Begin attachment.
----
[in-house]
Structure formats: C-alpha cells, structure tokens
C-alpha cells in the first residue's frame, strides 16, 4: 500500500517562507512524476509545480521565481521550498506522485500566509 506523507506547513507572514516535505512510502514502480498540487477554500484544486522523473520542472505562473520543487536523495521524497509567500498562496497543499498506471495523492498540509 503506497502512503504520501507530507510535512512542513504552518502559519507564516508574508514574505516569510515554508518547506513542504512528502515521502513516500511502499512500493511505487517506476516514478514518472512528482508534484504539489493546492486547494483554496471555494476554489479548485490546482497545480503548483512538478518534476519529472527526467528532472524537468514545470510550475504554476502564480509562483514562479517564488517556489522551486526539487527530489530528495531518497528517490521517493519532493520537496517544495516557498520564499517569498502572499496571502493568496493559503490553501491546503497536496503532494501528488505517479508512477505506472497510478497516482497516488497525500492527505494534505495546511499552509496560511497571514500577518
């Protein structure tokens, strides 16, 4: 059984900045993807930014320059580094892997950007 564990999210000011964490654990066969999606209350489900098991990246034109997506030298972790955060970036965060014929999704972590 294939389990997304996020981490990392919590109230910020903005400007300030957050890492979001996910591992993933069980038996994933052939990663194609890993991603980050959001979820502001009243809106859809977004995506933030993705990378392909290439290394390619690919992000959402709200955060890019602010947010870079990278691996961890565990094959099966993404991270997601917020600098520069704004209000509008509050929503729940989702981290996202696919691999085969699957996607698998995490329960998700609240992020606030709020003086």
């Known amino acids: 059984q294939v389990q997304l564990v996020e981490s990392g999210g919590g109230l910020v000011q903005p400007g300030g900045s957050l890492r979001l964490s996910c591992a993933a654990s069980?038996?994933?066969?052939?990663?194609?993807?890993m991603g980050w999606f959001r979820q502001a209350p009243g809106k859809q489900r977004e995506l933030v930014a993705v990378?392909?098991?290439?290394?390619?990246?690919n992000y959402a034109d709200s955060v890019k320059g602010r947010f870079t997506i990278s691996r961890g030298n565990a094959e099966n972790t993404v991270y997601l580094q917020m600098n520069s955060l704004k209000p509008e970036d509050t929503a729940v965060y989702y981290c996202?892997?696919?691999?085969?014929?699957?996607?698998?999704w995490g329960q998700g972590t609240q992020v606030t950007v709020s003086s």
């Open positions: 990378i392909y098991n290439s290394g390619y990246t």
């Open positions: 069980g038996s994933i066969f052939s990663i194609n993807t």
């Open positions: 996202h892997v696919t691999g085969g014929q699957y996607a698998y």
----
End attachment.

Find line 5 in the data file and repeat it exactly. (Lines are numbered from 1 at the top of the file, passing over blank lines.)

């Known amino acids: 059984q294939v389990q997304l564990v996020e981490s990392g999210g919590g109230l910020v000011q903005p400007g300030g900045s957050l890492r979001l964490s996910c591992a993933a654990s069980?038996?994933?066969?052939?990663?194609?993807?890993m991603g980050w999606f959001r979820q502001a209350p009243g809106k859809q489900r977004e995506l933030v930014a993705v990378?392909?098991?290439?290394?390619?990246?690919n992000y959402a034109d709200s955060v890019k320059g602010r947010f870079t997506i990278s691996r961890g030298n565990a094959e099966n972790t993404v991270y997601l580094q917020m600098n520069s955060l704004k209000p509008e970036d509050t929503a729940v965060y989702y981290c996202?892997?696919?691999?085969?014929?699957?996607?698998?999704w995490g329960q998700g972590t609240q992020v606030t950007v709020s003086s």